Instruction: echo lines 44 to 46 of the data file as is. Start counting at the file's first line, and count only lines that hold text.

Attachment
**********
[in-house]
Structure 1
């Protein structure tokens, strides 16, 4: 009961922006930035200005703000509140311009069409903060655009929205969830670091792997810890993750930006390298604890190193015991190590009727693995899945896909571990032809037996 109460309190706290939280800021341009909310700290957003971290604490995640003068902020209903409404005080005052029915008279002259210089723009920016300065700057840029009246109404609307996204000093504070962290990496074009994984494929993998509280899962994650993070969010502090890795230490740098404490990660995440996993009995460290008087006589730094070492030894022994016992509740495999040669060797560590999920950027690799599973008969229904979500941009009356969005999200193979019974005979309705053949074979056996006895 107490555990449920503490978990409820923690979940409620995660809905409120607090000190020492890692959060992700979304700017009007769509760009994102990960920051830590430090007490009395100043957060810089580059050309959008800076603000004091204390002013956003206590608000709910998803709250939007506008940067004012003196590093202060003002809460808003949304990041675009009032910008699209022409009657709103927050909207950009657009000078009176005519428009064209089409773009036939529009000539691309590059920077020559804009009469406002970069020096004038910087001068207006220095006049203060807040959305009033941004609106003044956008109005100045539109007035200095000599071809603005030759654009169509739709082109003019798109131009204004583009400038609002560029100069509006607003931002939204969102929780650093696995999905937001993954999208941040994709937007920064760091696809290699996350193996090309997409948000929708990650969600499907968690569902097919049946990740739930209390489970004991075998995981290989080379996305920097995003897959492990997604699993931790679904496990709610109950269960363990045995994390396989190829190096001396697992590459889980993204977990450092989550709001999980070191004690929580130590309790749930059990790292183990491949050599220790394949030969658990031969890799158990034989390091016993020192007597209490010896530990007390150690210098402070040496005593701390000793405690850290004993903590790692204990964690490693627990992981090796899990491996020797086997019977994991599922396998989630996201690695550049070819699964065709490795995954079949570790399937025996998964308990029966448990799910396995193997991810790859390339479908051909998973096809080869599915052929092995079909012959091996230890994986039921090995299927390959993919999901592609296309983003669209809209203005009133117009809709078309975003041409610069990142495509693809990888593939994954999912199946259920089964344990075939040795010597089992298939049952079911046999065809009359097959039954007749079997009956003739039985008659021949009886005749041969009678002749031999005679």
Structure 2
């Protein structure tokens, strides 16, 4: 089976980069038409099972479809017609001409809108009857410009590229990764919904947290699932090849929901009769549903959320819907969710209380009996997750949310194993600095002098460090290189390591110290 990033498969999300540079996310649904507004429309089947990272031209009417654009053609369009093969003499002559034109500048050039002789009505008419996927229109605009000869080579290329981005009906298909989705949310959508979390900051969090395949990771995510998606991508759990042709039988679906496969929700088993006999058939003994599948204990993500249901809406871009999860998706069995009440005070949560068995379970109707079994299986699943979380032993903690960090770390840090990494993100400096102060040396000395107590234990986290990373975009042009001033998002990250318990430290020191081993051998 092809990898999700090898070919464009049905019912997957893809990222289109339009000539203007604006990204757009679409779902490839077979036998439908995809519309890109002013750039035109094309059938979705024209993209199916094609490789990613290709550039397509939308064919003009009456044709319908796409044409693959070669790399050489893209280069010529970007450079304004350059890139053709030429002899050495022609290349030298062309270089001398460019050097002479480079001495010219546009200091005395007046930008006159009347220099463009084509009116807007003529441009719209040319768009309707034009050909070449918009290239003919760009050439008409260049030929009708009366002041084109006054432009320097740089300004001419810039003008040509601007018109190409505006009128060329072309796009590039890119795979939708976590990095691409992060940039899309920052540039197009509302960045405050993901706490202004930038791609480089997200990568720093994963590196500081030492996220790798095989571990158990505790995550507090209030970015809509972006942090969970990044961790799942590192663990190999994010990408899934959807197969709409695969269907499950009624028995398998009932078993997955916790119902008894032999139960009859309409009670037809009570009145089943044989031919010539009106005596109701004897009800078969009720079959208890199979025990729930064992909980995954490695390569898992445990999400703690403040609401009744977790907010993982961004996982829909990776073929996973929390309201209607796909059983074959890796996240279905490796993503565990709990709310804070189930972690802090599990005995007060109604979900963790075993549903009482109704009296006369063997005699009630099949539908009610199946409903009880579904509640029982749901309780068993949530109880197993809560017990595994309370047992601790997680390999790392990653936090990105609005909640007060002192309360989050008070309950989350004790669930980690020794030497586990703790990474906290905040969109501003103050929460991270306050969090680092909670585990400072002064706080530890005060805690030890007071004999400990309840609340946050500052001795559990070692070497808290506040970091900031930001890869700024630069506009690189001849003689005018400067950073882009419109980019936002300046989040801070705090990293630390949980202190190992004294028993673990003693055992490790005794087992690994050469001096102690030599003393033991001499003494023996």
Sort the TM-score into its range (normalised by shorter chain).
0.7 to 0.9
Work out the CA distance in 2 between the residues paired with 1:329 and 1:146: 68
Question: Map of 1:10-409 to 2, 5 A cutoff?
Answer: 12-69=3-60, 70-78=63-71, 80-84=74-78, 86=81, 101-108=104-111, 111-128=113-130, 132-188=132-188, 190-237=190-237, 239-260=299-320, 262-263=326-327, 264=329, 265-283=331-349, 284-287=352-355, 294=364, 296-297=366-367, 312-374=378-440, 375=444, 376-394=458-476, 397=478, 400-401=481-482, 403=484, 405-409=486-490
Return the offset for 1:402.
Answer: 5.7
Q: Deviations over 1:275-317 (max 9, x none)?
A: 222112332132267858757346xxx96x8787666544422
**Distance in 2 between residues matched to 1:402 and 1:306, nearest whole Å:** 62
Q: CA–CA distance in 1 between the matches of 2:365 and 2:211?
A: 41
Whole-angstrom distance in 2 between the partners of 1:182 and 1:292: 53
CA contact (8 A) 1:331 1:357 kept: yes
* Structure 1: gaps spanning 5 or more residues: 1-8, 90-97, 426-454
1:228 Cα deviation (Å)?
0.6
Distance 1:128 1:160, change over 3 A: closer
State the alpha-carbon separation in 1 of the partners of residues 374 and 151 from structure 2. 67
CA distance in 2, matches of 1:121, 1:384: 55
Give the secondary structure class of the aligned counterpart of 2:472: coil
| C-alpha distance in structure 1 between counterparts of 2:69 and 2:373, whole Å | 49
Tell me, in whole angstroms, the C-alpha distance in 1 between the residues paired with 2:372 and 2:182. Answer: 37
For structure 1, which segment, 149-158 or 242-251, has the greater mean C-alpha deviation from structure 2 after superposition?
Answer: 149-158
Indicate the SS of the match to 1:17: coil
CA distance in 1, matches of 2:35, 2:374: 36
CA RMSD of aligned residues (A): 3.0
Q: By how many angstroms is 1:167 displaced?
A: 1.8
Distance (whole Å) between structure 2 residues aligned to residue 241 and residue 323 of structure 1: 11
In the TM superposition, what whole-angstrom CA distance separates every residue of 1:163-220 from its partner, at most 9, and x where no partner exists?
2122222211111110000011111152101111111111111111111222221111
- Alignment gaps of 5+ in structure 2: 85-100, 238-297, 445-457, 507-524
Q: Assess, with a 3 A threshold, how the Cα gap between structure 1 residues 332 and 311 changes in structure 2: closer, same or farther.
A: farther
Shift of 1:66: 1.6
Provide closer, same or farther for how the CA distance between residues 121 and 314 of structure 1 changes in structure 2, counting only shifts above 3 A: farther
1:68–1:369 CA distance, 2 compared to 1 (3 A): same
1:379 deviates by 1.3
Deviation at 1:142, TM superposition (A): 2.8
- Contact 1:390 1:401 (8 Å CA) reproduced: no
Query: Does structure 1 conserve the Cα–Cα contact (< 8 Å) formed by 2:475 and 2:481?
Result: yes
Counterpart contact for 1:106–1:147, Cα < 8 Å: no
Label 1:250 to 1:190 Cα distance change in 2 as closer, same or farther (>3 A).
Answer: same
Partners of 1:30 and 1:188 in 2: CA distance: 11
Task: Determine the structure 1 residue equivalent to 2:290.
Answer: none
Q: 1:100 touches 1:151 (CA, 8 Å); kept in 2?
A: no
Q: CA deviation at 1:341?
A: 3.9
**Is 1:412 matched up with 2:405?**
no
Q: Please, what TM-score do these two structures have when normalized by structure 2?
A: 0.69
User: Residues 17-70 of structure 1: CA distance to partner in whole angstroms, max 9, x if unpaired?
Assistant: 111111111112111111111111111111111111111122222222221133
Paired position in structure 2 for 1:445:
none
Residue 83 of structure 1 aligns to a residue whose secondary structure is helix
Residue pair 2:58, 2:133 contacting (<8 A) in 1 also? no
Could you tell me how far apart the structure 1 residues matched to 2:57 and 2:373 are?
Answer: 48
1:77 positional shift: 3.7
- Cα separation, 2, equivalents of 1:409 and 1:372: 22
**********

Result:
1:68–1:369 CA distance, 2 compared to 1 (3 A): same
1:379 deviates by 1.3
Deviation at 1:142, TM superposition (A): 2.8